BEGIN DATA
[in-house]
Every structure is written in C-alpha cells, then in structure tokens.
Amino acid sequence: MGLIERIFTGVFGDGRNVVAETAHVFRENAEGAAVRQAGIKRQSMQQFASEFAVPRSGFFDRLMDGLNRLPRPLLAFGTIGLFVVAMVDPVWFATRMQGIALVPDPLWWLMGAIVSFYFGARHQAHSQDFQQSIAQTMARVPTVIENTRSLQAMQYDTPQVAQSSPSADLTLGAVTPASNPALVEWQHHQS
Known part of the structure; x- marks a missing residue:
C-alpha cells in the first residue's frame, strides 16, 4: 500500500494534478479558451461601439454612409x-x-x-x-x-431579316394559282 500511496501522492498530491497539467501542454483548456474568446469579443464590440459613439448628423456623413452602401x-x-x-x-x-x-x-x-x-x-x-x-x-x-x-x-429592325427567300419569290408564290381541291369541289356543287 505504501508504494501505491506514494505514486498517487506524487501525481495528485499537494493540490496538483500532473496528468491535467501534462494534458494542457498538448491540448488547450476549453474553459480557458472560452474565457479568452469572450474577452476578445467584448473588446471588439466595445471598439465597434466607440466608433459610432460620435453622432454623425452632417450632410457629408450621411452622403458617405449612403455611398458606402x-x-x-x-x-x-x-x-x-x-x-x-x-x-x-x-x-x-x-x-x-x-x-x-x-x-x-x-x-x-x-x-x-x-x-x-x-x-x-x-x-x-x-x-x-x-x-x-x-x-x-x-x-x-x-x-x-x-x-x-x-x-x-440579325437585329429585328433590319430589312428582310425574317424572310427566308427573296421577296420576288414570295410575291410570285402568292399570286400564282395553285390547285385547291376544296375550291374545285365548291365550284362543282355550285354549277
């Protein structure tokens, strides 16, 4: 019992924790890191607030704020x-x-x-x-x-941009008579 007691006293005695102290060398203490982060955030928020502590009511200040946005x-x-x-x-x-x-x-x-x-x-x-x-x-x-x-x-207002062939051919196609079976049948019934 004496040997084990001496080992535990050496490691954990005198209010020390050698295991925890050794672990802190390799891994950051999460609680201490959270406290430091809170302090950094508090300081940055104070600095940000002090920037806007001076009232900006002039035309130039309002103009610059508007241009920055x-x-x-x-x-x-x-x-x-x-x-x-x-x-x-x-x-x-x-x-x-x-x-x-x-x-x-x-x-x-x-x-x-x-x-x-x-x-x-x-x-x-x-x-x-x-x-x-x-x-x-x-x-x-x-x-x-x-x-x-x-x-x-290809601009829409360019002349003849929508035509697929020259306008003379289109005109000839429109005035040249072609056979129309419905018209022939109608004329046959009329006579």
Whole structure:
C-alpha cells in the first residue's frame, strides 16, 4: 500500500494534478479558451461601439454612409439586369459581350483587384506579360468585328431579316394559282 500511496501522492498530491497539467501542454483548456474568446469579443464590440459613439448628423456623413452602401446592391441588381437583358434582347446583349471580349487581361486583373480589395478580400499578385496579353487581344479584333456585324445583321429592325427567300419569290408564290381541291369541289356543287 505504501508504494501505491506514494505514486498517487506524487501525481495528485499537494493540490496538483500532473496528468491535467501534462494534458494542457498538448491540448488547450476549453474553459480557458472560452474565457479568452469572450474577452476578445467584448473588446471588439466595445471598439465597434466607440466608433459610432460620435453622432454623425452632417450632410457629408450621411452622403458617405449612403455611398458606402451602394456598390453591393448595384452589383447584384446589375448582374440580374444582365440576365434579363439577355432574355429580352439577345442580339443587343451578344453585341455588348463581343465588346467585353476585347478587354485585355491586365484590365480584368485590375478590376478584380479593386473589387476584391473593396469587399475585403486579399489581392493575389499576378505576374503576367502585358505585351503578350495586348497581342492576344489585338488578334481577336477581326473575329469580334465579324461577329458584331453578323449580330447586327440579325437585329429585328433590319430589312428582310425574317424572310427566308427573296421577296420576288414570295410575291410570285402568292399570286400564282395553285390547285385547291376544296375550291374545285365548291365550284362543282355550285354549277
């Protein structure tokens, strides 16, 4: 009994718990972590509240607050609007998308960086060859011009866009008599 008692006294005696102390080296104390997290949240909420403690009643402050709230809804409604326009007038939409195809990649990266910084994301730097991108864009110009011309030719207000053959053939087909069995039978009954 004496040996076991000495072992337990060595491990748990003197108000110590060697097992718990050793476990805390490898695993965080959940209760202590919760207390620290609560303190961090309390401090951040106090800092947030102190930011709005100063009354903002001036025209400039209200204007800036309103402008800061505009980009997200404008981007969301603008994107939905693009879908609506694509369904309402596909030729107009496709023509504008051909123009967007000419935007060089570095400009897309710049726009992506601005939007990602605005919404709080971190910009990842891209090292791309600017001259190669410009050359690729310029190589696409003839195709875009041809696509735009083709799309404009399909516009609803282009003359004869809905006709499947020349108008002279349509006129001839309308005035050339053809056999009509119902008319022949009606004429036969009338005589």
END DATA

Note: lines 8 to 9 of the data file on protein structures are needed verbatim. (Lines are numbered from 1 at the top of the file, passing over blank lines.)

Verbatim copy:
C-alpha cells in the first residue's frame, strides 16, 4: 500500500494534478479558451461601439454612409439586369459581350483587384506579360468585328431579316394559282 500511496501522492498530491497539467501542454483548456474568446469579443464590440459613439448628423456623413452602401446592391441588381437583358434582347446583349471580349487581361486583373480589395478580400499578385496579353487581344479584333456585324445583321429592325427567300419569290408564290381541291369541289356543287 505504501508504494501505491506514494505514486498517487506524487501525481495528485499537494493540490496538483500532473496528468491535467501534462494534458494542457498538448491540448488547450476549453474553459480557458472560452474565457479568452469572450474577452476578445467584448473588446471588439466595445471598439465597434466607440466608433459610432460620435453622432454623425452632417450632410457629408450621411452622403458617405449612403455611398458606402451602394456598390453591393448595384452589383447584384446589375448582374440580374444582365440576365434579363439577355432574355429580352439577345442580339443587343451578344453585341455588348463581343465588346467585353476585347478587354485585355491586365484590365480584368485590375478590376478584380479593386473589387476584391473593396469587399475585403486579399489581392493575389499576378505576374503576367502585358505585351503578350495586348497581342492576344489585338488578334481577336477581326473575329469580334465579324461577329458584331453578323449580330447586327440579325437585329429585328433590319430589312428582310425574317424572310427566308427573296421577296420576288414570295410575291410570285402568292399570286400564282395553285390547285385547291376544296375550291374545285365548291365550284362543282355550285354549277
């Protein structure tokens, strides 16, 4: 009994718990972590509240607050609007998308960086060859011009866009008599 008692006294005696102390080296104390997290949240909420403690009643402050709230809804409604326009007038939409195809990649990266910084994301730097991108864009110009011309030719207000053959053939087909069995039978009954 004496040996076991000495072992337990060595491990748990003197108000110590060697097992718990050793476990805390490898695993965080959940209760202590919760207390620290609560303190961090309390401090951040106090800092947030102190930011709005100063009354903002001036025209400039209200204007800036309103402008800061505009980009997200404008981007969301603008994107939905693009879908609506694509369904309402596909030729107009496709023509504008051909123009967007000419935007060089570095400009897309710049726009992506601005939007990602605005919404709080971190910009990842891209090292791309600017001259190669410009050359690729310029190589696409003839195709875009041809696509735009083709799309404009399909516009609803282009003359004869809905006709499947020349108008002279349509006129001839309308005035050339053809056999009509119902008319022949009606004429036969009338005589």